Sure, Chris. So we certainly are focused on doing customer deposits for the rest of the year. I think, if you look, just look at the balance sheet, the reduction of customer payables, which I said, we had already done about $100 million in the first quarter of this year, that's the type of stuff that comes out of the segregated cash, which, in effect, is an asset where we net lose money when you factor in the FDIC insurance that we have to pay. The rest of it would likely be sweep, and that's where our loss opportunity, if you will, is going to be the marginal investment rate of around 100 basis points. So that's the best way I can probably direct you on that stuff.

Christopher Harris - Wells Fargo Securities, LLC, Research Division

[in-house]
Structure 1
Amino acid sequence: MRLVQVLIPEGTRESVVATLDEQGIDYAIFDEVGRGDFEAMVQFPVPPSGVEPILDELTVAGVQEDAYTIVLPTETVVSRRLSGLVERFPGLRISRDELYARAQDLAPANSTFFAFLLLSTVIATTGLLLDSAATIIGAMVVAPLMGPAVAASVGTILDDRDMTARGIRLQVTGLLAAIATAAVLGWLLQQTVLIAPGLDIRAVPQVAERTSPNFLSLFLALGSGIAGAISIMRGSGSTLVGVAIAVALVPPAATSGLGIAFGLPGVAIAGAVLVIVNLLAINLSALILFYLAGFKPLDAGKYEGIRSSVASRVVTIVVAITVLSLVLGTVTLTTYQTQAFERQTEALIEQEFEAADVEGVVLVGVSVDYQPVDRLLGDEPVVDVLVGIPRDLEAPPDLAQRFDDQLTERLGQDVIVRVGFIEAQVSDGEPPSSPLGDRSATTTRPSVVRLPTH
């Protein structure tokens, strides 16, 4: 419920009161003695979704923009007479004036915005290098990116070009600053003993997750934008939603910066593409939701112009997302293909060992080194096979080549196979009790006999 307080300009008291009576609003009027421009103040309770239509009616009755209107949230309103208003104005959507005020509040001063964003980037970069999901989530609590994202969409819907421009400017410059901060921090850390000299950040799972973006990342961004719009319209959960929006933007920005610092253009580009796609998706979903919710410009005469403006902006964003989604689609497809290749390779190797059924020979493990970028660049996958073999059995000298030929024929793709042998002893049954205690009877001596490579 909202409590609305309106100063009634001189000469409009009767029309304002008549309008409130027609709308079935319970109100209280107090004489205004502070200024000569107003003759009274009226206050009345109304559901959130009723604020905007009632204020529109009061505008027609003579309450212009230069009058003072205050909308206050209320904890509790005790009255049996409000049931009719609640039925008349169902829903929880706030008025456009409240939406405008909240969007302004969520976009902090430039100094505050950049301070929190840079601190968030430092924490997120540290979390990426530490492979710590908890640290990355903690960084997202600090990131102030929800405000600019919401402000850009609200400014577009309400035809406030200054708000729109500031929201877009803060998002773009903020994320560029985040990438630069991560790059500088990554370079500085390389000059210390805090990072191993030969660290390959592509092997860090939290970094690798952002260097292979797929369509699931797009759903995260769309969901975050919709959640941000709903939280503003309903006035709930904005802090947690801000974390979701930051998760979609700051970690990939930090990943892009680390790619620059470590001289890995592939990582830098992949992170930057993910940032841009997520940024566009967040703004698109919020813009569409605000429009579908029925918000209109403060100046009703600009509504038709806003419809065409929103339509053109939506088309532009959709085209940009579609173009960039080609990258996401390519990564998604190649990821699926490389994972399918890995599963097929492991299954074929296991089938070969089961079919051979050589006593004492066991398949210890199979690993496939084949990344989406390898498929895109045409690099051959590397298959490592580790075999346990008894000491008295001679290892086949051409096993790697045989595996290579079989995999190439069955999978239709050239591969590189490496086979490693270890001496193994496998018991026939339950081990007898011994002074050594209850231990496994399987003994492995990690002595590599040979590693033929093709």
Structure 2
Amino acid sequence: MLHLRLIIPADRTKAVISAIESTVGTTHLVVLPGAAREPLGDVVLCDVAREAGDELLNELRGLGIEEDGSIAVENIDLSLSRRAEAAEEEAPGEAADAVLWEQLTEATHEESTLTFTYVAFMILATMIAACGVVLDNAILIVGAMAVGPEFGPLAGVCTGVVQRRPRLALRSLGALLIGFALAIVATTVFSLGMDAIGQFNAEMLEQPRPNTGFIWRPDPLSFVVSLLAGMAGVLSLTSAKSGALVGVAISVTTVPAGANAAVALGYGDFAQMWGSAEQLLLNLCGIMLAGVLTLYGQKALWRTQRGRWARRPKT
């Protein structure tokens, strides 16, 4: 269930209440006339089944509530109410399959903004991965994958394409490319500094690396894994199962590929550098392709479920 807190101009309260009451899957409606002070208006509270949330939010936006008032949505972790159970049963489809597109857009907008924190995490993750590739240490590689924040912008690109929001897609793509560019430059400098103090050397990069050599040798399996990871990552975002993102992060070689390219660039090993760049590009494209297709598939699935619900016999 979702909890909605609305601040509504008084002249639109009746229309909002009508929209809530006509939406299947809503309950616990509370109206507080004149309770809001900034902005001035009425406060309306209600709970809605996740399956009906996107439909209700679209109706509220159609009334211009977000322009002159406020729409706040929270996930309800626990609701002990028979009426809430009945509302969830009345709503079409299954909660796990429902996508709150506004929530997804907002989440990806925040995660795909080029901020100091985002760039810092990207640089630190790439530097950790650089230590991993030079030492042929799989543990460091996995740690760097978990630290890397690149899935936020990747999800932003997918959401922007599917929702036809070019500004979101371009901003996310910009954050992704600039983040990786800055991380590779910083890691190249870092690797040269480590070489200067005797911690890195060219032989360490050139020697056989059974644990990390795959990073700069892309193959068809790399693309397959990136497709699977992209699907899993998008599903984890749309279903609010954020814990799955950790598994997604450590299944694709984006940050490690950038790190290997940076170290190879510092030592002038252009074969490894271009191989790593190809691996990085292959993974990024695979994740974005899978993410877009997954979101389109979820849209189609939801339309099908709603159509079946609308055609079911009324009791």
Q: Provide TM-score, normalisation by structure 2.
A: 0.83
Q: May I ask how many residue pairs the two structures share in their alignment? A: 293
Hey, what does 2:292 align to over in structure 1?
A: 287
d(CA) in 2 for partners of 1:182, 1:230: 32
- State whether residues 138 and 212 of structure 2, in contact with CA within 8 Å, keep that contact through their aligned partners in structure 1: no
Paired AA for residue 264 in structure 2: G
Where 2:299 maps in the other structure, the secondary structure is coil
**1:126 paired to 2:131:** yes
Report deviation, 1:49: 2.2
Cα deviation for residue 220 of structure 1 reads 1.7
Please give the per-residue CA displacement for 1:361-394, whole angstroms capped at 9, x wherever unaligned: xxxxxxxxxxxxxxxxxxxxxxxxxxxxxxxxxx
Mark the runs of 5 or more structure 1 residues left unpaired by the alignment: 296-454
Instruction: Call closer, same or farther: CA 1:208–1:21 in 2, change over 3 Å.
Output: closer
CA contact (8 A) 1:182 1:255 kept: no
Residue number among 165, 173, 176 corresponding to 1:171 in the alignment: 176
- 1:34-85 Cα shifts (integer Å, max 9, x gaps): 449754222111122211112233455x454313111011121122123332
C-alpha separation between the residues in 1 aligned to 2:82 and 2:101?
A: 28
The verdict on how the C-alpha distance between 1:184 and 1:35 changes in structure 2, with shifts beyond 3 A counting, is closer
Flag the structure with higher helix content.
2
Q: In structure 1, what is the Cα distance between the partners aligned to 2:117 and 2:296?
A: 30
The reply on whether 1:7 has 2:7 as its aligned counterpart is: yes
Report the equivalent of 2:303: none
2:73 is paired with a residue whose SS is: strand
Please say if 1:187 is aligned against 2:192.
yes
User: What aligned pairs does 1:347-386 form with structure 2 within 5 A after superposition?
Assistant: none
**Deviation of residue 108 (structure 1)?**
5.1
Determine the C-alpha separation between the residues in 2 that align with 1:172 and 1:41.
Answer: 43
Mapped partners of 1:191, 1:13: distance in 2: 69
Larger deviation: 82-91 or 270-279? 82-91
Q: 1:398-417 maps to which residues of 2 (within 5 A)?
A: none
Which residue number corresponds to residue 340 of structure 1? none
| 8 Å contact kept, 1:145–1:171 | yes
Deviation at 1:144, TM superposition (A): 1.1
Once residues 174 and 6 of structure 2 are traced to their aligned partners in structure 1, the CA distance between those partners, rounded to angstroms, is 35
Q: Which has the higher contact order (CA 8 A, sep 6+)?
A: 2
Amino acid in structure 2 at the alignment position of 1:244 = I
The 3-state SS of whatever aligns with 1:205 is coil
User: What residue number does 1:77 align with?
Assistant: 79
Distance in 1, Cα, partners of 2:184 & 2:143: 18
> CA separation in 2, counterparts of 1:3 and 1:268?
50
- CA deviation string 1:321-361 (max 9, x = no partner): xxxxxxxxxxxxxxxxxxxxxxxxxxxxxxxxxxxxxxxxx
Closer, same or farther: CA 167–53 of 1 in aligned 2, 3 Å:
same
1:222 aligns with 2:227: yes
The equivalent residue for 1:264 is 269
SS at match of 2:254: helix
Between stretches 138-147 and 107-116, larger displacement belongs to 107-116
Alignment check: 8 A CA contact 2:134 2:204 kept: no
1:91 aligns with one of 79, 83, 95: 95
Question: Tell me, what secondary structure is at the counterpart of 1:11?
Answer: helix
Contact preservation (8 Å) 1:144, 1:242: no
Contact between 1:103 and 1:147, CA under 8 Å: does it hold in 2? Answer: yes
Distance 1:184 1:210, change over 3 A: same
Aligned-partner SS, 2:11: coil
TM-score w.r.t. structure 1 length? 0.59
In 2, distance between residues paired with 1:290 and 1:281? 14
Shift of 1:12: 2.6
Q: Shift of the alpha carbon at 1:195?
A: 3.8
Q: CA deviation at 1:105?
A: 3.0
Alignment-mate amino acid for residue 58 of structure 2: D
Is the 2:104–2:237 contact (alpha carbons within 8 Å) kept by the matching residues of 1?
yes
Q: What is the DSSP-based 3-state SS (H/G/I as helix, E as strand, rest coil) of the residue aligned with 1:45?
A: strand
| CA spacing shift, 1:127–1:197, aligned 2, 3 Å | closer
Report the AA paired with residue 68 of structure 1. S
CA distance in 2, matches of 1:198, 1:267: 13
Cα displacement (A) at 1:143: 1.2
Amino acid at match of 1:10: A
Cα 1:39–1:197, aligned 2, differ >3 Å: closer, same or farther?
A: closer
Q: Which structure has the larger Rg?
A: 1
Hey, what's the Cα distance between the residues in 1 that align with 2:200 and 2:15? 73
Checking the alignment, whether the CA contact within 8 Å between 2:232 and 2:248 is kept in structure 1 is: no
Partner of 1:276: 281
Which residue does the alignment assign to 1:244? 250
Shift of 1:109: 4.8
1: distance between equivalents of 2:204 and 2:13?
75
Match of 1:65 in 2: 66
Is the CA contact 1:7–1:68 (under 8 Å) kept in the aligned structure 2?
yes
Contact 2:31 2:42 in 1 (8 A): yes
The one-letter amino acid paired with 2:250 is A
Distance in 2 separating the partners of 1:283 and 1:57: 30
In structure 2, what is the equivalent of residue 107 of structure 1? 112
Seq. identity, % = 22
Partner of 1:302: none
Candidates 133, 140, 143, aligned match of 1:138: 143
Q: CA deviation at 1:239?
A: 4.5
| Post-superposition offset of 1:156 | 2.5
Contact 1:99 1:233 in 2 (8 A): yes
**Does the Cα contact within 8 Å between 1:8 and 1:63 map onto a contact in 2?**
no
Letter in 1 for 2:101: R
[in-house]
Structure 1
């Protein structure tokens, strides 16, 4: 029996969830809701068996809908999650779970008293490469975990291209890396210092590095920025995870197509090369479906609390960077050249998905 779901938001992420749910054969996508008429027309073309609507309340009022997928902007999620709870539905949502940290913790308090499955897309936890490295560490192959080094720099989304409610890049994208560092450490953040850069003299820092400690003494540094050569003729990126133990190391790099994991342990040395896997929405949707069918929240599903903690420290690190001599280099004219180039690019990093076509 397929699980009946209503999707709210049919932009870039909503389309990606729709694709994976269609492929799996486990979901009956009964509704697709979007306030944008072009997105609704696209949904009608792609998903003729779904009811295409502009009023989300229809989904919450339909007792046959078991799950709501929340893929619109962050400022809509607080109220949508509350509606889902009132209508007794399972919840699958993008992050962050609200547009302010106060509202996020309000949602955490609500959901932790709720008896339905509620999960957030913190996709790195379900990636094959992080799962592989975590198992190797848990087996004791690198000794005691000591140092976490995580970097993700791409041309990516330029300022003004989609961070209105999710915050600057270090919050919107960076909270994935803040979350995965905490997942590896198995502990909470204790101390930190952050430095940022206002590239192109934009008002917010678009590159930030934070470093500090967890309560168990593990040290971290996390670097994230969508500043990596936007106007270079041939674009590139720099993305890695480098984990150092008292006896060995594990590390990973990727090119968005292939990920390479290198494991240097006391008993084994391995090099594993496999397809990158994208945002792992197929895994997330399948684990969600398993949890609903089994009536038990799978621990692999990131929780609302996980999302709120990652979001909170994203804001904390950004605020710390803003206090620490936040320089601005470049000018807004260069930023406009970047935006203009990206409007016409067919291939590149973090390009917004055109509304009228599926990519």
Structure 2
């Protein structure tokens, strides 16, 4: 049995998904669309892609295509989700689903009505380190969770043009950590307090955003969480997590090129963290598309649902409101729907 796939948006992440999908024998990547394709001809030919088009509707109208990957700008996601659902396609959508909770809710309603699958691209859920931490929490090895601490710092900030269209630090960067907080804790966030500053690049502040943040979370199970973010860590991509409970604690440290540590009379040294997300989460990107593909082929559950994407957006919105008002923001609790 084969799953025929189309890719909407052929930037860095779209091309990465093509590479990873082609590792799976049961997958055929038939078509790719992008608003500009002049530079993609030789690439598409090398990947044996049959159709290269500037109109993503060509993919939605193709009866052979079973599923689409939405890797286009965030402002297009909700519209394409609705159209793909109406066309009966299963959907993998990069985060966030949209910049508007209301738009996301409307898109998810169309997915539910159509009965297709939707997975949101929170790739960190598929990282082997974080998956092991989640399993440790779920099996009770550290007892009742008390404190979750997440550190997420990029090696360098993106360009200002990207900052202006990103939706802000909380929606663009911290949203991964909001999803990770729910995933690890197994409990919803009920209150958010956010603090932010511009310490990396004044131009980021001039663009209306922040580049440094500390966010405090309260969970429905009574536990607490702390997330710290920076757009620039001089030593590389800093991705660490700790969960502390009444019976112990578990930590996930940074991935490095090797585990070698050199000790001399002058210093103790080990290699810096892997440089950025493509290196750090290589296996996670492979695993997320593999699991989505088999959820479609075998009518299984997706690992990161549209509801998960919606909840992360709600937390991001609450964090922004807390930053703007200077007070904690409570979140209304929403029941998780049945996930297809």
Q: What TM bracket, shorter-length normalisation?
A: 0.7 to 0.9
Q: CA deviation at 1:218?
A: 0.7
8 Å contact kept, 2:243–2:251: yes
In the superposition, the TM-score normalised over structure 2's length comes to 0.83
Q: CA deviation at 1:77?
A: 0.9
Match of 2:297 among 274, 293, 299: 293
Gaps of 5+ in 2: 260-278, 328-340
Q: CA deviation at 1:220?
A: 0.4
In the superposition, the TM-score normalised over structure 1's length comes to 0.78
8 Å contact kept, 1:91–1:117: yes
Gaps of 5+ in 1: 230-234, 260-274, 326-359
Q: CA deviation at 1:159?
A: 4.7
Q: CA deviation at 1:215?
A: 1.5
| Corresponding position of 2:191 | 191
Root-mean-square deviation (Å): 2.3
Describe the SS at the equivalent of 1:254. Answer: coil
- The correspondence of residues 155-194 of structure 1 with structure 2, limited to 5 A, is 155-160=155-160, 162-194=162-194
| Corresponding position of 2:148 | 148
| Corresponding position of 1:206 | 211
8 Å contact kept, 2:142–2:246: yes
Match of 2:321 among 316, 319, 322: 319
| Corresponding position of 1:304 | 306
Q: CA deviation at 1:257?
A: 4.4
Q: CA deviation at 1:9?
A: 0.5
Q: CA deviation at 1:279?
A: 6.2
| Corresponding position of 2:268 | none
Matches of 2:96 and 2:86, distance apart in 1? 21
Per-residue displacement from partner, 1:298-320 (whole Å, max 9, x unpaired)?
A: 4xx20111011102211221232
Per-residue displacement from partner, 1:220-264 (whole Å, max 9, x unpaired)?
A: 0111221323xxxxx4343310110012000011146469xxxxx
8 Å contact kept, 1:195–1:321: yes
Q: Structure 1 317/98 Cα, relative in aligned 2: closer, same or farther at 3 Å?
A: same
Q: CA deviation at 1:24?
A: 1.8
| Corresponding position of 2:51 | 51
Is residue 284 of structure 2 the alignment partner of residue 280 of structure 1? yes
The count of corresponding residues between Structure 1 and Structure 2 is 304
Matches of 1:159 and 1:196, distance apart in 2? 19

Okay, fair enough. And then with respect to customer activity, you guys aren't alone at seeing DARTs kind of being, I'm sure, below where you'd like to see them. What do you guys think it's really going to take to get the retail investor a little bit more active here? I mean, we'd heard in the past that the holdup being the election, and that's done. And then all of sudden, it was the fiscal cliff was the problem and that's over. Just wondering if you guys have any perspective on why now folks aren't trading more. I mean is it the situation with the debt, with the government. And I guess, if that's the case, we can be waiting for kind of a long time until we see a little bit more normal activity. Maybe if you can comment a little bit about that, it'd be great.

Matthew J. Audette